​ Understanding Leaf Curl in Fruit Trees

​ Understanding Leaf Curl in Fruit Trees

Published by Andrew Clark on 27th May 2024

Leaf curl is a common fungal disease that affects various fruit trees, particularly peach and nectarine trees. This disease, caused by the fungus Taphrina deformans, can significantly impact the health and productivity of your trees if not managed properly. Understanding the life cycle of the fungus and the importance of precise spraying can help in effectively controlling this disease.

The Life Cycle of Leaf Curl Fungus

The leaf curl fungus hibernates during the hotter months of summer. It becomes dormant when temperatures consistently exceed 30°C (86°F). As the temperature drops below this threshold in late summer to early autumn, the fungus becomes active again. It infects new growth as buds swell and break, making early spring a critical time for intervention.

The Importance of Timing in Spraying

Many gardeners spray their fruit trees with a fungicide during winter as a precautionary measure. While this can help reduce the initial load of the fungus, the most crucial time to spray is at the pink bud stage. This is when the buds are beginning to show colour but have not yet opened. At this stage, the fungus is actively trying to infect the new growth, and a well-timed spray can significantly reduce the risk of infection.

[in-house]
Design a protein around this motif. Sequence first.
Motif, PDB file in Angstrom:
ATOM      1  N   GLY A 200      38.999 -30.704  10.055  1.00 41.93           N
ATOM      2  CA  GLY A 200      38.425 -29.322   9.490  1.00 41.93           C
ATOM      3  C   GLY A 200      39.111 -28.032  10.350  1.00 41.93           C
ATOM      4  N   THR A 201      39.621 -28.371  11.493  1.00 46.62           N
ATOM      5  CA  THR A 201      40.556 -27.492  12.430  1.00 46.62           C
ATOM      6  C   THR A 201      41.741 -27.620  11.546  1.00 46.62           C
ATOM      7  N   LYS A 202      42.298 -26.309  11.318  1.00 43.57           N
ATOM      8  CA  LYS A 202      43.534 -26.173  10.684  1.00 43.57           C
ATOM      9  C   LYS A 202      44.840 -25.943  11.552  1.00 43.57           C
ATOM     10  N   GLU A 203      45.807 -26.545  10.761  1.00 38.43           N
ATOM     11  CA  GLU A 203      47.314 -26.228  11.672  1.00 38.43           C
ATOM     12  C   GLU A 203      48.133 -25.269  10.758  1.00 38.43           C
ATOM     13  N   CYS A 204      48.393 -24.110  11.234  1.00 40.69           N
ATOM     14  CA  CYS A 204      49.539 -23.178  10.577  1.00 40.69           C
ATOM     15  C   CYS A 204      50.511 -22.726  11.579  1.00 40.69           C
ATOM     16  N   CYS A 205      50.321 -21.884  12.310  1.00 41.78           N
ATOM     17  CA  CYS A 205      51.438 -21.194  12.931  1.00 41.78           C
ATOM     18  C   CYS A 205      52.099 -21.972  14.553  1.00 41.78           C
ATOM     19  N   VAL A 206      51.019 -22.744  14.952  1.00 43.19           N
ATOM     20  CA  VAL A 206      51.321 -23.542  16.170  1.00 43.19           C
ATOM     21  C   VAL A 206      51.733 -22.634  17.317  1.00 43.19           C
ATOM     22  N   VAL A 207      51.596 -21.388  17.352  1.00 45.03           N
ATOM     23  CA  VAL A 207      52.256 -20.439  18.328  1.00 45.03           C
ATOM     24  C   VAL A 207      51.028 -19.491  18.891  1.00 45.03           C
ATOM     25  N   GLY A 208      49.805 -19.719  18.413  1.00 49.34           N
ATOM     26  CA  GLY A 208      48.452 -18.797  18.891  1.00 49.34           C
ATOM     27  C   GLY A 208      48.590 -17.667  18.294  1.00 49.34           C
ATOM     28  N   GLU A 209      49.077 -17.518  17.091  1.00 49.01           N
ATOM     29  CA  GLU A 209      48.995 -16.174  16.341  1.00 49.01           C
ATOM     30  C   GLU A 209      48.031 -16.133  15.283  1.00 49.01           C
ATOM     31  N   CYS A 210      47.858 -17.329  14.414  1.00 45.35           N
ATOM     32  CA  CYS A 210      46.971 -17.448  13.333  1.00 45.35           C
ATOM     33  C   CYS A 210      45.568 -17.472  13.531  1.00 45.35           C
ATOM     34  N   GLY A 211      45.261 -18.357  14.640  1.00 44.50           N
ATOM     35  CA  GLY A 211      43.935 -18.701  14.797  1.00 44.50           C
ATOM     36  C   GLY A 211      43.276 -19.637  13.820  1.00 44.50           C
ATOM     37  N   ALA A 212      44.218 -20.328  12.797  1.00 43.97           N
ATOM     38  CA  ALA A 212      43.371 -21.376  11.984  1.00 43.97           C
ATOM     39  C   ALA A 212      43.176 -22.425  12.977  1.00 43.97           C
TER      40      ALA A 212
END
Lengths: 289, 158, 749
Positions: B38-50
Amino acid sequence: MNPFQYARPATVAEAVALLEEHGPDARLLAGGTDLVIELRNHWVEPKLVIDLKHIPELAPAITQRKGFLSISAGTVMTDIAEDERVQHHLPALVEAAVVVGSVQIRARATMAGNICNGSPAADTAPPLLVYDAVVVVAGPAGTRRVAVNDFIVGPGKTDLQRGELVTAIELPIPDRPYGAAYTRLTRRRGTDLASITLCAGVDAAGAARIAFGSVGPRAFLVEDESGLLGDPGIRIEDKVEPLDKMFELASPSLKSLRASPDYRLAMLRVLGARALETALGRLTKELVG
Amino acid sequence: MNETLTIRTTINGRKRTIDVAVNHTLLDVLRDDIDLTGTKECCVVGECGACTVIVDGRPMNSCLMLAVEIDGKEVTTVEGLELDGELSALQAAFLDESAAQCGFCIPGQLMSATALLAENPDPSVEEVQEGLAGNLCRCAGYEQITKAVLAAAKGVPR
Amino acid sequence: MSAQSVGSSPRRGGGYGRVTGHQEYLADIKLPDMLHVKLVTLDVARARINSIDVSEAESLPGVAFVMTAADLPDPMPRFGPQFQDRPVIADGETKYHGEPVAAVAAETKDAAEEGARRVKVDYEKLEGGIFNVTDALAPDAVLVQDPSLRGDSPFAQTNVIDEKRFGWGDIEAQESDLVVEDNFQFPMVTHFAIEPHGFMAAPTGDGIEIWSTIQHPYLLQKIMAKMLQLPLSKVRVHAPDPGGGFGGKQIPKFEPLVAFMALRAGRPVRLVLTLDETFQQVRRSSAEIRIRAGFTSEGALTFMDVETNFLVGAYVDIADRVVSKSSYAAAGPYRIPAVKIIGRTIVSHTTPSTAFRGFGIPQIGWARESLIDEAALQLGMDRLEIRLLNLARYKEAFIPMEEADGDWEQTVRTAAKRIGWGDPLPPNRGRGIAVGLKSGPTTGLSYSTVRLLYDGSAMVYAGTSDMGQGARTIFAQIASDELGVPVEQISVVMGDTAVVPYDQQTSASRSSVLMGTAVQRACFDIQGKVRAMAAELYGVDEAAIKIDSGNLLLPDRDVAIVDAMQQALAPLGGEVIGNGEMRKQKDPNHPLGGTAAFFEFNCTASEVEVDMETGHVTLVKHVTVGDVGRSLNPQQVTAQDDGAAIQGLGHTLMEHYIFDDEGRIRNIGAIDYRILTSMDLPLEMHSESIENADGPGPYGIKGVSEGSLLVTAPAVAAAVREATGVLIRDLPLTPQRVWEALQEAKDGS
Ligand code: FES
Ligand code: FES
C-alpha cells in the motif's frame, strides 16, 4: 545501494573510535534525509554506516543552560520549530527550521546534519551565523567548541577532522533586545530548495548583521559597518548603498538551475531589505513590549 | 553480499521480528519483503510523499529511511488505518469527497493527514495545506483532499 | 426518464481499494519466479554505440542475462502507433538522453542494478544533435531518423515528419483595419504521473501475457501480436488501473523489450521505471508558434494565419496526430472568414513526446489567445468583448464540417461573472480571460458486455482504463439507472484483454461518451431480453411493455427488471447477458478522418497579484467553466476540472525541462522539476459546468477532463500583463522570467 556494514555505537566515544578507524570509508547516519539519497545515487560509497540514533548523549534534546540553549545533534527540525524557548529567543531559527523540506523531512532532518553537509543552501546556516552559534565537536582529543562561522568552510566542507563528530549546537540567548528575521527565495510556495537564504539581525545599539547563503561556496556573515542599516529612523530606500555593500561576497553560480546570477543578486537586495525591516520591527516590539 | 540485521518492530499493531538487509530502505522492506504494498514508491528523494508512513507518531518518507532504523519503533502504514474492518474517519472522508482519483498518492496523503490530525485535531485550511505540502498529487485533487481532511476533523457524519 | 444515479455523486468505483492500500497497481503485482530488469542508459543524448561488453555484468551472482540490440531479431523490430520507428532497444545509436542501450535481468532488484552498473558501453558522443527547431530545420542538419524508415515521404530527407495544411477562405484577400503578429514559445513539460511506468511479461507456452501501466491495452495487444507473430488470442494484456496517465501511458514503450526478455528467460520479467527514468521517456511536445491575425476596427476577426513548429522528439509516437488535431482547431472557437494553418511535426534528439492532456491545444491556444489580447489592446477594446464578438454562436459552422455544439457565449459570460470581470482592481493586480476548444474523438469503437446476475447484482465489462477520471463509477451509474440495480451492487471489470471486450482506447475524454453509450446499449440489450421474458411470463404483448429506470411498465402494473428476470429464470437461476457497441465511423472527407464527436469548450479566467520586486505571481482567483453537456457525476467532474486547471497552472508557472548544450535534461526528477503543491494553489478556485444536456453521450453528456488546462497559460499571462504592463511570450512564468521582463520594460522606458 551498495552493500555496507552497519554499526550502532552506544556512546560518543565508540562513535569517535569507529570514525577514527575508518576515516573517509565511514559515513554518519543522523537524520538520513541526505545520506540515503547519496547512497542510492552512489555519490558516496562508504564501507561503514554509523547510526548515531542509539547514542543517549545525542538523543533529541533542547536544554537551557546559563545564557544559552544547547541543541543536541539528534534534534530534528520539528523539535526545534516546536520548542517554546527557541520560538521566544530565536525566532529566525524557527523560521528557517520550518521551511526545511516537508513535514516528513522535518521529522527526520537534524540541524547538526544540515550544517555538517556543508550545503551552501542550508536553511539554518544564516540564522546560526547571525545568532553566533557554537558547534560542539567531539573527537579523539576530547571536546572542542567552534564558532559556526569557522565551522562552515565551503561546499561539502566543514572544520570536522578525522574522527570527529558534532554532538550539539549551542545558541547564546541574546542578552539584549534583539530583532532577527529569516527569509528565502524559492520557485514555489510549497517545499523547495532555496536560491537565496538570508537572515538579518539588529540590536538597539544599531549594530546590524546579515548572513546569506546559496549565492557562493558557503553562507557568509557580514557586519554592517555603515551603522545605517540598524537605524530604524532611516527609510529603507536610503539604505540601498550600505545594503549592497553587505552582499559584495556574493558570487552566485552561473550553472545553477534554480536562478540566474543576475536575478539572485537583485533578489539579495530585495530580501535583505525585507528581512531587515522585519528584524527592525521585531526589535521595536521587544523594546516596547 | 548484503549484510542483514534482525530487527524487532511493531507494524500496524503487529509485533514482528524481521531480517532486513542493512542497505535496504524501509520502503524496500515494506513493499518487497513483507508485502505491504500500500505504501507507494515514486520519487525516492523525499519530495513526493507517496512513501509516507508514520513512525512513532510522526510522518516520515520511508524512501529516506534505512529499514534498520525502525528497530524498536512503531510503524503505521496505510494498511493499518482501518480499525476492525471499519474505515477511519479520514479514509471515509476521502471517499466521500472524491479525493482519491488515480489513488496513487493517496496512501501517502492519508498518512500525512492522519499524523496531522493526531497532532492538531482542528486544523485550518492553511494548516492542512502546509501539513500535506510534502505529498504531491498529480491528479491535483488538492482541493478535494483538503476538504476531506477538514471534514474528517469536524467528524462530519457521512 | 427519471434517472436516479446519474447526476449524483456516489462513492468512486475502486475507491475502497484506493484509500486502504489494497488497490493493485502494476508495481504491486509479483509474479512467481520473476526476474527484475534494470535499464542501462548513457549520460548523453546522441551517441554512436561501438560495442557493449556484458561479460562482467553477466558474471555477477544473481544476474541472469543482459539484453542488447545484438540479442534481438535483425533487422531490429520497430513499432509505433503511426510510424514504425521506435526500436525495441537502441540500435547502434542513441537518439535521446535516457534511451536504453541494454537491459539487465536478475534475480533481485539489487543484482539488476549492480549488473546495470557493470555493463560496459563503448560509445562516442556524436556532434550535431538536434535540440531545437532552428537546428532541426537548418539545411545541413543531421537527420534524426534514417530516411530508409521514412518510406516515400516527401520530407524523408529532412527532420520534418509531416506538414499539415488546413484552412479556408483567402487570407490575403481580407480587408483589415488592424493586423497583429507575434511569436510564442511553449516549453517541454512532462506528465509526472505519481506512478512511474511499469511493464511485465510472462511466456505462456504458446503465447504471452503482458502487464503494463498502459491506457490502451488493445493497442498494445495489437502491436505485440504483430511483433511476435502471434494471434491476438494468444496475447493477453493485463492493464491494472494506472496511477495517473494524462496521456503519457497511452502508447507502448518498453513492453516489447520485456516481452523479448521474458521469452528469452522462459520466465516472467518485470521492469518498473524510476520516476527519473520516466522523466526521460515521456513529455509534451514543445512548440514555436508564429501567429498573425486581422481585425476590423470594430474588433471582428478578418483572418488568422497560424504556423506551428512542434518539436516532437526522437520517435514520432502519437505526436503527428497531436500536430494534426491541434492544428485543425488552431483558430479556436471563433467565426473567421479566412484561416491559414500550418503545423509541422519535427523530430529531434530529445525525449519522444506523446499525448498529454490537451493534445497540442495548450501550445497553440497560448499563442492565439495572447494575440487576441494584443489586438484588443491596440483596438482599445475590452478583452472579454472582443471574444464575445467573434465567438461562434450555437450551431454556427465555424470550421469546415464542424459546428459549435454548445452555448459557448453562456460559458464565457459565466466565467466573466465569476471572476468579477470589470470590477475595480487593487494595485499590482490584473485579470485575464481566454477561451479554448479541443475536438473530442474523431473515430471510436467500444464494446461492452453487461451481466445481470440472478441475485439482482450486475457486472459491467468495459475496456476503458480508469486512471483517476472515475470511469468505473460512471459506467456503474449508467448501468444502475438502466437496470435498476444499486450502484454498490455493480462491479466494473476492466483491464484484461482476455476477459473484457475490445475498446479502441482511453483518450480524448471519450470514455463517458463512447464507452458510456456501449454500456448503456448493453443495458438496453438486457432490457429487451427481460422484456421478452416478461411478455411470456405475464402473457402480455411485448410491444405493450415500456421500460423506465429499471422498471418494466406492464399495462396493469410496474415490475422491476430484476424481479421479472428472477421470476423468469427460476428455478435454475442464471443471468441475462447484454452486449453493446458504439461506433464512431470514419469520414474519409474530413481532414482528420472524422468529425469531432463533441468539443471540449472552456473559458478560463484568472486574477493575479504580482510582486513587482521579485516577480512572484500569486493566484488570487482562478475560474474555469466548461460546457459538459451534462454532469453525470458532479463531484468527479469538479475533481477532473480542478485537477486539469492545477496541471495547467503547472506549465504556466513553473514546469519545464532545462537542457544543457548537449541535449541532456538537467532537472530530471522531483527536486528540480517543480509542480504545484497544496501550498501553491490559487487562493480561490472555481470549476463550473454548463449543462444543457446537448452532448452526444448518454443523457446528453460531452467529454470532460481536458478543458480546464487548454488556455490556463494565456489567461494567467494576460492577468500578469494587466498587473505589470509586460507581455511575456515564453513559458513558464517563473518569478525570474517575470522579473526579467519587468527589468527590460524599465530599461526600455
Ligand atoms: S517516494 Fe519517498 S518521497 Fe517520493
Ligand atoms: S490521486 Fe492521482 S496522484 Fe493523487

Why Liquid Copper is More Effective

When it comes to fungicides, liquid copper is significantly more effective than copper powder. Liquid copper adheres more uniformly to the buds, providing better coverage and protection. In contrast, copper powder can be blotchy when sprayed, leading to uneven coverage. Imagine trying to water a plant with a clogged sprayer – it doesn't work well. The same applies to copper powder, which can leave areas of the plant unprotected, allowing the fungus to take hold.

Best Practices for Spraying

  1. Timing: Monitor your trees closely as they approach the pink bud stage. This stage can vary between trees, even those in close proximity. One tree may be ready a week earlier than another, so precise timing is essential.
  2. Application: Use liquid copper fungicide and ensure thorough coverage of all buds. Follow the manufacturer's instructions for the correct dilution and application method.
  3. Weather Conditions: Choose a calm, dry day for spraying to ensure the fungicide adheres well and is not washed off by rain or blown away by wind.
  4. Repeat Spraying: While the pink bud stage is the most critical time to spray, consider an additional application during the dormant season as a precaution.


Managing leaf curl requires understanding the fungus's life cycle and the importance of precise timing for fungicide application. By using liquid copper at the pink bud stage, you can significantly reduce the risk of infection and protect your fruit trees from the damaging effects of leaf curl. Remember, careful monitoring and timely intervention are key to maintaining the health and productivity of your orchard.

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